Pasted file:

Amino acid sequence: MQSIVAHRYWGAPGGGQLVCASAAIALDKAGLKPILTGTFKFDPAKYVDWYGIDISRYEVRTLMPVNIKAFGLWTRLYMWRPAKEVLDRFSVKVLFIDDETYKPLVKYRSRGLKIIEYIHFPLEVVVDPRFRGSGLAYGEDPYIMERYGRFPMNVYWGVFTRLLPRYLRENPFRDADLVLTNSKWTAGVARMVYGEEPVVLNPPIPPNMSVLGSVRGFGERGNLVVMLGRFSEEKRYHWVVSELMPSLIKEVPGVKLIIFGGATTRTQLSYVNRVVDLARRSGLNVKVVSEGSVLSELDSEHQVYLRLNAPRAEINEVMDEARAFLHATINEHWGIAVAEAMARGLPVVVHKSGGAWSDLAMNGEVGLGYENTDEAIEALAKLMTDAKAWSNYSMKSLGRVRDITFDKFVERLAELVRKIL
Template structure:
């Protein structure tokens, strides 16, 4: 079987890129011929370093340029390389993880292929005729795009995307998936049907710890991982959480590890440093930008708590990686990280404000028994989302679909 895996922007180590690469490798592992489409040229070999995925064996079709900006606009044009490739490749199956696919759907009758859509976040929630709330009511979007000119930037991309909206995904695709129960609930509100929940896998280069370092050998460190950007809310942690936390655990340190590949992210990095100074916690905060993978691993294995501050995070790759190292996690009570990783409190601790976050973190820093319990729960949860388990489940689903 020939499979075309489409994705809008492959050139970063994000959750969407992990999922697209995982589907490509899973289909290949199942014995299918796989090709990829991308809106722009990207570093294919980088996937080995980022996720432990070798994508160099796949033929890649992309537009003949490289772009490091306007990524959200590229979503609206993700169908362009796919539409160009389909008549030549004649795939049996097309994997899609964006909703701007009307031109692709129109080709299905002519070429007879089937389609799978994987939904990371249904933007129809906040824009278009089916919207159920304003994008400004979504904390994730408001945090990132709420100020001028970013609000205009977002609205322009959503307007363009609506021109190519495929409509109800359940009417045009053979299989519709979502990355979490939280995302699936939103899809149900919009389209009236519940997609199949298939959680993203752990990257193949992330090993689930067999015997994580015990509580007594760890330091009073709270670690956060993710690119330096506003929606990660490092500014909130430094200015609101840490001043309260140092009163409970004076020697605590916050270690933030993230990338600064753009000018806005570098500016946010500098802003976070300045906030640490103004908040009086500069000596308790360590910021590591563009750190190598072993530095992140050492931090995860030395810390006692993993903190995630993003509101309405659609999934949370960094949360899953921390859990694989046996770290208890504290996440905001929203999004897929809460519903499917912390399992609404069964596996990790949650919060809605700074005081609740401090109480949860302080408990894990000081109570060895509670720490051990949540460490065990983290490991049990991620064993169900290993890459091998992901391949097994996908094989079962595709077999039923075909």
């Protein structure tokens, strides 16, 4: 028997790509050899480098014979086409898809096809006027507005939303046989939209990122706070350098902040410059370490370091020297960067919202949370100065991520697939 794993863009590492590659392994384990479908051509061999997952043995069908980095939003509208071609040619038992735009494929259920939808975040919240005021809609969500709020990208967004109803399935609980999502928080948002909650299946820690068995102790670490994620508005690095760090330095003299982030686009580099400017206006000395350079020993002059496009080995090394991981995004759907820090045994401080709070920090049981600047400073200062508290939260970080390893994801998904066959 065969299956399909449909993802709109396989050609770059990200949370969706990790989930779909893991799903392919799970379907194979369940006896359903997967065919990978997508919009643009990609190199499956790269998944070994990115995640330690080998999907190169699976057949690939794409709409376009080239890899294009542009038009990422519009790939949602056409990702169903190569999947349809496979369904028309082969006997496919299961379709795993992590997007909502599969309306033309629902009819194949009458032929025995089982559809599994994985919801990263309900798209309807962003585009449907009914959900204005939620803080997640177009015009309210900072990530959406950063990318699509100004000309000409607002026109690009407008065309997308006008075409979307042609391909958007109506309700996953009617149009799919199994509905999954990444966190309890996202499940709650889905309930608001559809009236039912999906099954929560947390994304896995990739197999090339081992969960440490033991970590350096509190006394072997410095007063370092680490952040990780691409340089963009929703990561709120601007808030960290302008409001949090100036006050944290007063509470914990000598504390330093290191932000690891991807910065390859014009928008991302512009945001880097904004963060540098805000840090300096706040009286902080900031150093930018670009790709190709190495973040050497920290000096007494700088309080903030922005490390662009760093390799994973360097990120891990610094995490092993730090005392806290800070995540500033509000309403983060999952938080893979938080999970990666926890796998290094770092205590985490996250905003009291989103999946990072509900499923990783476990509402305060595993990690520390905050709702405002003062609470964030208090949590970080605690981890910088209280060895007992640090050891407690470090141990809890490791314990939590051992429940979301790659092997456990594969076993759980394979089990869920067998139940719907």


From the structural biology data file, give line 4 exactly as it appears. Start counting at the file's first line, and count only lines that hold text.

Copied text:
């Protein structure tokens, strides 16, 4: 028997790509050899480098014979086409898809096809006027507005939303046989939209990122706070350098902040410059370490370091020297960067919202949370100065991520697939 794993863009590492590659392994384990479908051509061999997952043995069908980095939003509208071609040619038992735009494929259920939808975040919240005021809609969500709020990208967004109803399935609980999502928080948002909650299946820690068995102790670490994620508005690095760090330095003299982030686009580099400017206006000395350079020993002059496009080995090394991981995004759907820090045994401080709070920090049981600047400073200062508290939260970080390893994801998904066959 065969299956399909449909993802709109396989050609770059990200949370969706990790989930779909893991799903392919799970379907194979369940006896359903997967065919990978997508919009643009990609190199499956790269998944070994990115995640330690080998999907190169699976057949690939794409709409376009080239890899294009542009038009990422519009790939949602056409990702169903190569999947349809496979369904028309082969006997496919299961379709795993992590997007909502599969309306033309629902009819194949009458032929025995089982559809599994994985919801990263309900798209309807962003585009449907009914959900204005939620803080997640177009015009309210900072990530959406950063990318699509100004000309000409607002026109690009407008065309997308006008075409979307042609391909958007109506309700996953009617149009799919199994509905999954990444966190309890996202499940709650889905309930608001559809009236039912999906099954929560947390994304896995990739197999090339081992969960440490033991970590350096509190006394072997410095007063370092680490952040990780691409340089963009929703990561709120601007808030960290302008409001949090100036006050944290007063509470914990000598504390330093290191932000690891991807910065390859014009928008991302512009945001880097904004963060540098805000840090300096706040009286902080900031150093930018670009790709190709190495973040050497920290000096007494700088309080903030922005490390662009760093390799994973360097990120891990610094995490092993730090005392806290800070995540500033509000309403983060999952938080893979938080999970990666926890796998290094770092205590985490996250905003009291989103999946990072509900499923990783476990509402305060595993990690520390905050709702405002003062609470964030208090949590970080605690981890910088209280060895007992640090050891407690470090141990809890490791314990939590051992429940979301790659092997456990594969076993759980394979089990869920067998139940719907």